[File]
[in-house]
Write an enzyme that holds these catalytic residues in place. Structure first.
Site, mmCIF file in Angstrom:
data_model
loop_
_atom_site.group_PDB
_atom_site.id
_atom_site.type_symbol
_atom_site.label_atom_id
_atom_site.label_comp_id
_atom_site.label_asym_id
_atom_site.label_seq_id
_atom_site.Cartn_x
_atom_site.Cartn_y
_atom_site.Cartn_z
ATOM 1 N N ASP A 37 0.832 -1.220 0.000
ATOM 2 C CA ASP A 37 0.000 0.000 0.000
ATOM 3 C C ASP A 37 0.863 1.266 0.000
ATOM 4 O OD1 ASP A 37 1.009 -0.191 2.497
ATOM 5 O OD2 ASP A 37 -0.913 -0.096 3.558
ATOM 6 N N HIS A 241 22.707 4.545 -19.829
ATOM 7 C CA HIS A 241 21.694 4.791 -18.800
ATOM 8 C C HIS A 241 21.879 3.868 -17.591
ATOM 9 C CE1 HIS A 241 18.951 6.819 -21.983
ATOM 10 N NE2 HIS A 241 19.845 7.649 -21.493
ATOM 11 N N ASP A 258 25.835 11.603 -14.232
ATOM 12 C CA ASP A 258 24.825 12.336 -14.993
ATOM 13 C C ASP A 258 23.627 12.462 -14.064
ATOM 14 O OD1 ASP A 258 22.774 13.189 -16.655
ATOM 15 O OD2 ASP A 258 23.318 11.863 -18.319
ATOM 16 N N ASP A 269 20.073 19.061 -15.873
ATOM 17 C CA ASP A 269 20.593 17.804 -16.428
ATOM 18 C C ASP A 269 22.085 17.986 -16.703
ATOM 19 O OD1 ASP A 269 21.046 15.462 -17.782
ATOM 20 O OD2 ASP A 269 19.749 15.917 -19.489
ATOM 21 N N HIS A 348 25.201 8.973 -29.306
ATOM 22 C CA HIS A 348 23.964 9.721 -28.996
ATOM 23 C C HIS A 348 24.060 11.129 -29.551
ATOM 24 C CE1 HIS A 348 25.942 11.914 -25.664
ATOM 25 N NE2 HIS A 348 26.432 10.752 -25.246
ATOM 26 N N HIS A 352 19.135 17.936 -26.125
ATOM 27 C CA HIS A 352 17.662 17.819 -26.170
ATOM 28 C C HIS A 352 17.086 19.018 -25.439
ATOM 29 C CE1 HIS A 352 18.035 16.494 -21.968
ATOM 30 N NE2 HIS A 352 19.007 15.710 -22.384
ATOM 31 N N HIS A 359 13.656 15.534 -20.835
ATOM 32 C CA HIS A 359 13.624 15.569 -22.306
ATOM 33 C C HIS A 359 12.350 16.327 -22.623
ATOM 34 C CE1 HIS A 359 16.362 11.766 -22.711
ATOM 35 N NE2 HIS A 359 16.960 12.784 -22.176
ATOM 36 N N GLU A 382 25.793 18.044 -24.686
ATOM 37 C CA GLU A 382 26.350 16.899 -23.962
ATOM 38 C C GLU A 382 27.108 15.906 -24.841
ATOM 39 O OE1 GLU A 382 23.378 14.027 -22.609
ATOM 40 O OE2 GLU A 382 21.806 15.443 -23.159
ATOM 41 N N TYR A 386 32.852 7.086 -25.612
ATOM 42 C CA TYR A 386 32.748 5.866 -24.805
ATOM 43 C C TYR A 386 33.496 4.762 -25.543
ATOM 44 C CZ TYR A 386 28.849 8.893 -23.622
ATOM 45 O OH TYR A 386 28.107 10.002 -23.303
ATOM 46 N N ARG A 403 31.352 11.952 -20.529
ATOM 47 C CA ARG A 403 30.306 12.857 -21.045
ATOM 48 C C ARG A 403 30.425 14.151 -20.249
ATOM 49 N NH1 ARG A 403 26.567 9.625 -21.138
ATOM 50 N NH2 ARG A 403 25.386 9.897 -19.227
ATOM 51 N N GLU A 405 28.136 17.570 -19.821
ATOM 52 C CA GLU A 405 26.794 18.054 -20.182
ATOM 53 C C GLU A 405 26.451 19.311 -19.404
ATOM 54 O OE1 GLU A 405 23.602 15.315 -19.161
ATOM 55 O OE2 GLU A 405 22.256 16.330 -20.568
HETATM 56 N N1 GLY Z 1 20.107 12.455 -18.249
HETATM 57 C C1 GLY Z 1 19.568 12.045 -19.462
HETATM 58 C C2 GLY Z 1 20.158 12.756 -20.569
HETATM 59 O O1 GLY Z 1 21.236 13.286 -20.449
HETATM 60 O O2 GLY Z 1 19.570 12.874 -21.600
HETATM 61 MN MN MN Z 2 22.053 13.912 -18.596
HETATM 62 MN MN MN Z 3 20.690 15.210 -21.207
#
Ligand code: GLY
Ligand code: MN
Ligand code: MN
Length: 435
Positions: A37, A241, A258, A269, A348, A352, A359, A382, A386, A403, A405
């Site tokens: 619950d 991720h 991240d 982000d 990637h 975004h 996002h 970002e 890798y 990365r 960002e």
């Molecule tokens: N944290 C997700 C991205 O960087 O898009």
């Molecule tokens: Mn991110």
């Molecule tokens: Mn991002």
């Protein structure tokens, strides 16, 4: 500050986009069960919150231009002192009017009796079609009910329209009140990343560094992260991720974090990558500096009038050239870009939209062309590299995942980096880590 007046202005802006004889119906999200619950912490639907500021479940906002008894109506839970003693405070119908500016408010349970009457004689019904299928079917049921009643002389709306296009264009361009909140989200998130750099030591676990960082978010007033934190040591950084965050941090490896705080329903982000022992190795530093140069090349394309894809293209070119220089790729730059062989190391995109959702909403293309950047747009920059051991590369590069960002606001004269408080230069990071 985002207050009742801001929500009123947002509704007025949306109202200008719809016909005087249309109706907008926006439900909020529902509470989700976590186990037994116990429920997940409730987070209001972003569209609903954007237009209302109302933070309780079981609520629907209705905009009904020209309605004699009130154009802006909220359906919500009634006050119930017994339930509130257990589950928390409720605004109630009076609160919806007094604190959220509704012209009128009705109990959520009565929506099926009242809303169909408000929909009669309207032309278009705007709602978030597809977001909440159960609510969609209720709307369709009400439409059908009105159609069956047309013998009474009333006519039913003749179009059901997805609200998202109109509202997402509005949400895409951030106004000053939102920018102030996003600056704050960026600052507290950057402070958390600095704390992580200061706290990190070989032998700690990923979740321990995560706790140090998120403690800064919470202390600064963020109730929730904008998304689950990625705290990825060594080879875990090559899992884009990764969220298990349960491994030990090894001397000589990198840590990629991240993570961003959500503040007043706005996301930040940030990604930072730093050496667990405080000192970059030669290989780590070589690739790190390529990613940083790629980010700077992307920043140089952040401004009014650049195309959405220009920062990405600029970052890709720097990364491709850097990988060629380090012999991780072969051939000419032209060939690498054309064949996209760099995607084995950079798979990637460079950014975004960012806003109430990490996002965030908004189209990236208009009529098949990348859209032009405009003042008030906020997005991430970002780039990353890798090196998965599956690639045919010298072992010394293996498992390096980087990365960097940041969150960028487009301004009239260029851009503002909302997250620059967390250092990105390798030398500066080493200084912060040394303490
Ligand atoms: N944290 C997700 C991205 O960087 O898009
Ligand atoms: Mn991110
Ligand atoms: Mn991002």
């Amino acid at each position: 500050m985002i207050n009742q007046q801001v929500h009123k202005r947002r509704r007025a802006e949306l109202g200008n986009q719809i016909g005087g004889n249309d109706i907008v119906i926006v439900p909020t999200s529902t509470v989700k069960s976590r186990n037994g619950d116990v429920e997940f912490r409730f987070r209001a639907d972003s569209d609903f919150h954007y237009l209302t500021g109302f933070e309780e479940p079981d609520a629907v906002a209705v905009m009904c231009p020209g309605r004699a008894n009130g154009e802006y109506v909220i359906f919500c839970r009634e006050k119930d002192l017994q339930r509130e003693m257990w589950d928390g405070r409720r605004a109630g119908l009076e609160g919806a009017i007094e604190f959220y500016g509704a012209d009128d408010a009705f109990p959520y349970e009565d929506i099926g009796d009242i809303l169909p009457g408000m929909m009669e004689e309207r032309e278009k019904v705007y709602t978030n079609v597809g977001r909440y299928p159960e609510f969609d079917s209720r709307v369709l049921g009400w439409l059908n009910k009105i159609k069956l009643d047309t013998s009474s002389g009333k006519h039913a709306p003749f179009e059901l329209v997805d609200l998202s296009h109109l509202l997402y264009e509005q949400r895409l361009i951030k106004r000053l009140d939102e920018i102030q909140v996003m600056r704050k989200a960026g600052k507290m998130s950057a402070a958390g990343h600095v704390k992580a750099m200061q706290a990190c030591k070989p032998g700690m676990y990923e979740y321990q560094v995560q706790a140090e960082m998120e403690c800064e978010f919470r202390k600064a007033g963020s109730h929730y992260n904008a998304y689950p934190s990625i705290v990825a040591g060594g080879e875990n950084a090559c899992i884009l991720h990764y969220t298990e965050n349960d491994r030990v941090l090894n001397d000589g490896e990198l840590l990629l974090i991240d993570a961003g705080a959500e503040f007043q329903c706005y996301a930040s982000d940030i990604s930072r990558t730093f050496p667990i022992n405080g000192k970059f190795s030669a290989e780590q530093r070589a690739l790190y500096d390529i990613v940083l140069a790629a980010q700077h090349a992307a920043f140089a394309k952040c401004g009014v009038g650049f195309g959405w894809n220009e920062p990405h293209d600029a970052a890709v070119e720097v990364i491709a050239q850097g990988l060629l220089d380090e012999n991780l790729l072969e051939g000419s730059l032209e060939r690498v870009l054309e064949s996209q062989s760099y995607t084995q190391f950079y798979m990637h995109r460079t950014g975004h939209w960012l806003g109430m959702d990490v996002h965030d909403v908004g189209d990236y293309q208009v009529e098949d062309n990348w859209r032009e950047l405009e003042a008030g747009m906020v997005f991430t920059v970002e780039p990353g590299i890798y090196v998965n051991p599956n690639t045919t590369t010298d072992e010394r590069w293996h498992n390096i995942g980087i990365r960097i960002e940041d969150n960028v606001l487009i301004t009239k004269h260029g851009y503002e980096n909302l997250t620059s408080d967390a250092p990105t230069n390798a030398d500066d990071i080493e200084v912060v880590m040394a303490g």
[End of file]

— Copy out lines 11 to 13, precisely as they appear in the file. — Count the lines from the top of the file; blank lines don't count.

_atom_site.label_asym_id
_atom_site.label_seq_id
_atom_site.Cartn_x